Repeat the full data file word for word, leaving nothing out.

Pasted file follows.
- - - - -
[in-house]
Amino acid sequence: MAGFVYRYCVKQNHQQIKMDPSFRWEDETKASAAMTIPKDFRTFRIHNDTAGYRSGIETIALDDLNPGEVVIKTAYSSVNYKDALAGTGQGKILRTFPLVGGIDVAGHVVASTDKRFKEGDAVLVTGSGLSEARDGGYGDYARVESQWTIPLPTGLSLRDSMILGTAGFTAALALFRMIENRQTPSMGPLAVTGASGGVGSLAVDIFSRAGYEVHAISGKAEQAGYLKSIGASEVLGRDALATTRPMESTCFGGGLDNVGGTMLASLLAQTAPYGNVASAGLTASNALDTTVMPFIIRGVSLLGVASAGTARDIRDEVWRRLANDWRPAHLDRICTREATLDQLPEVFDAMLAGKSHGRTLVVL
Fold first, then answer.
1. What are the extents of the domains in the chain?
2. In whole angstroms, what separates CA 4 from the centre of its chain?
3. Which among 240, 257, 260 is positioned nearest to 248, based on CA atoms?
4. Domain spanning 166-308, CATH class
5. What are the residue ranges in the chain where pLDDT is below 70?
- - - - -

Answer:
[in-house]
Amino acid sequence: MAGFVYRYCVKQNHQQIKMDPSFRWEDETKASAAMTIPKDFRTFRIHNDTAGYRSGIETIALDDLNPGEVVIKTAYSSVNYKDALAGTGQGKILRTFPLVGGIDVAGHVVASTDKRFKEGDAVLVTGSGLSEARDGGYGDYARVESQWTIPLPTGLSLRDSMILGTAGFTAALALFRMIENRQTPSMGPLAVTGASGGVGSLAVDIFSRAGYEVHAISGKAEQAGYLKSIGASEVLGRDALATTRPMESTCFGGGLDNVGGTMLASLLAQTAPYGNVASAGLTASNALDTTVMPFIIRGVSLLGVASAGTARDIRDEVWRRLANDWRPAHLDRICTREATLDQLPEVFDAMLAGKSHGRTLVVL
Fold first, then answer.
1. What are the extents of the domains in the chain?
2. In whole angstroms, what separates CA 4 from the centre of its chain?
3. Which among 240, 257, 260 is positioned nearest to 248, based on CA atoms?
4. Domain spanning 166-308, CATH class
5. What are the residue ranges in the chain where pLDDT is below 70?